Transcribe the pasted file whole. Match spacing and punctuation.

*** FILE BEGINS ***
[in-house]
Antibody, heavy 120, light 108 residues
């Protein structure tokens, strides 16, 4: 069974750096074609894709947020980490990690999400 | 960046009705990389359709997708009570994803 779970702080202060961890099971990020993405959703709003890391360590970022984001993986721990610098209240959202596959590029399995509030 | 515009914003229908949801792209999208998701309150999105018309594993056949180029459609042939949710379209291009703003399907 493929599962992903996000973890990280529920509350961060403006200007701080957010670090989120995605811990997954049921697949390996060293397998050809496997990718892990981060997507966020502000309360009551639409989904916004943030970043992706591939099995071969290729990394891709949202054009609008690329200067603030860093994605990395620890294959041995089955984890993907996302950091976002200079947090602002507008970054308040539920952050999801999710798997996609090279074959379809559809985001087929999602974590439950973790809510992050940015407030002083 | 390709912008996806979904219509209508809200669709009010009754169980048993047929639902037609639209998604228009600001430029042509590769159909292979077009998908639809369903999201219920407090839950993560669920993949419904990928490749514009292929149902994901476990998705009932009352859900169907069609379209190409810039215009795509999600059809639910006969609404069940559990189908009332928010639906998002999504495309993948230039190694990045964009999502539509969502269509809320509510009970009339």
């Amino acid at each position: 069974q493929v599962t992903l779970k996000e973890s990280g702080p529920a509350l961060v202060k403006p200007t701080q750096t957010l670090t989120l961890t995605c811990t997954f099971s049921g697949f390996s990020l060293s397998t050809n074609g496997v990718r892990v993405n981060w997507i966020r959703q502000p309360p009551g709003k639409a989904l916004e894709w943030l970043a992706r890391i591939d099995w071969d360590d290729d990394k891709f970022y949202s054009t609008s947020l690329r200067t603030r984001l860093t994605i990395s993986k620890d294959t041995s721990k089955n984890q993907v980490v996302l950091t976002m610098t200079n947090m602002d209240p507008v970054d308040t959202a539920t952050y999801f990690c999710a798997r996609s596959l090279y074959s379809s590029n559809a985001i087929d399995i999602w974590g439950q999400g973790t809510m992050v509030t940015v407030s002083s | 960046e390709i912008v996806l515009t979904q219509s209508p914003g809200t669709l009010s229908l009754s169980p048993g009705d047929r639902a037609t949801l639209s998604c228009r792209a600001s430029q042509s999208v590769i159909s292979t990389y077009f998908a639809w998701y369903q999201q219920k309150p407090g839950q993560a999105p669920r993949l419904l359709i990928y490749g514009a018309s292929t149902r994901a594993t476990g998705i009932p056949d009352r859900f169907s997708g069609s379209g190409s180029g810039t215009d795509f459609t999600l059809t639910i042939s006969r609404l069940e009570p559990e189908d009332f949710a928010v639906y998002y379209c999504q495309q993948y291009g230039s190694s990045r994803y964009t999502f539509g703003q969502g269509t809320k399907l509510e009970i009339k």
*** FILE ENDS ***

[in-house]
Antibody, heavy 120, light 108 residues
């Protein structure tokens, strides 16, 4: 069974750096074609894709947020980490990690999400 | 960046009705990389359709997708009570994803 779970702080202060961890099971990020993405959703709003890391360590970022984001993986721990610098209240959202596959590029399995509030 | 515009914003229908949801792209999208998701309150999105018309594993056949180029459609042939949710379209291009703003399907 493929599962992903996000973890990280529920509350961060403006200007701080957010670090989120995605811990997954049921697949390996060293397998050809496997990718892990981060997507966020502000309360009551639409989904916004943030970043992706591939099995071969290729990394891709949202054009609008690329200067603030860093994605990395620890294959041995089955984890993907996302950091976002200079947090602002507008970054308040539920952050999801999710798997996609090279074959379809559809985001087929999602974590439950973790809510992050940015407030002083 | 390709912008996806979904219509209508809200669709009010009754169980048993047929639902037609639209998604228009600001430029042509590769159909292979077009998908639809369903999201219920407090839950993560669920993949419904990928490749514009292929149902994901476990998705009932009352859900169907069609379209190409810039215009795509999600059809639910006969609404069940559990189908009332928010639906998002999504495309993948230039190694990045964009999502539509969502269509809320509510009970009339």
């Amino acid at each position: 069974q493929v599962t992903l779970k996000e973890s990280g702080p529920a509350l961060v202060k403006p200007t701080q750096t957010l670090t989120l961890t995605c811990t997954f099971s049921g697949f390996s990020l060293s397998t050809n074609g496997v990718r892990v993405n981060w997507i966020r959703q502000p309360p009551g709003k639409a989904l916004e894709w943030l970043a992706r890391i591939d099995w071969d360590d290729d990394k891709f970022y949202s054009t609008s947020l690329r200067t603030r984001l860093t994605i990395s993986k620890d294959t041995s721990k089955n984890q993907v980490v996302l950091t976002m610098t200079n947090m602002d209240p507008v970054d308040t959202a539920t952050y999801f990690c999710a798997r996609s596959l090279y074959s379809s590029n559809a985001i087929d399995i999602w974590g439950q999400g973790t809510m992050v509030t940015v407030s002083s | 960046e390709i912008v996806l515009t979904q219509s209508p914003g809200t669709l009010s229908l009754s169980p048993g009705d047929r639902a037609t949801l639209s998604c228009r792209a600001s430029q042509s999208v590769i159909s292979t990389y077009f998908a639809w998701y369903q999201q219920k309150p407090g839950q993560a999105p669920r993949l419904l359709i990928y490749g514009a018309s292929t149902r994901a594993t476990g998705i009932p056949d009352r859900f169907s997708g069609s379209g190409s180029g810039t215009d795509f459609t999600l059809t639910i042939s006969r609404l069940e009570p559990e189908d009332f949710a928010v639906y998002y379209c999504q495309q993948y291009g230039s190694s990045r994803y964009t999502f539509g703003q969502g269509t809320k399907l509510e009970i009339k």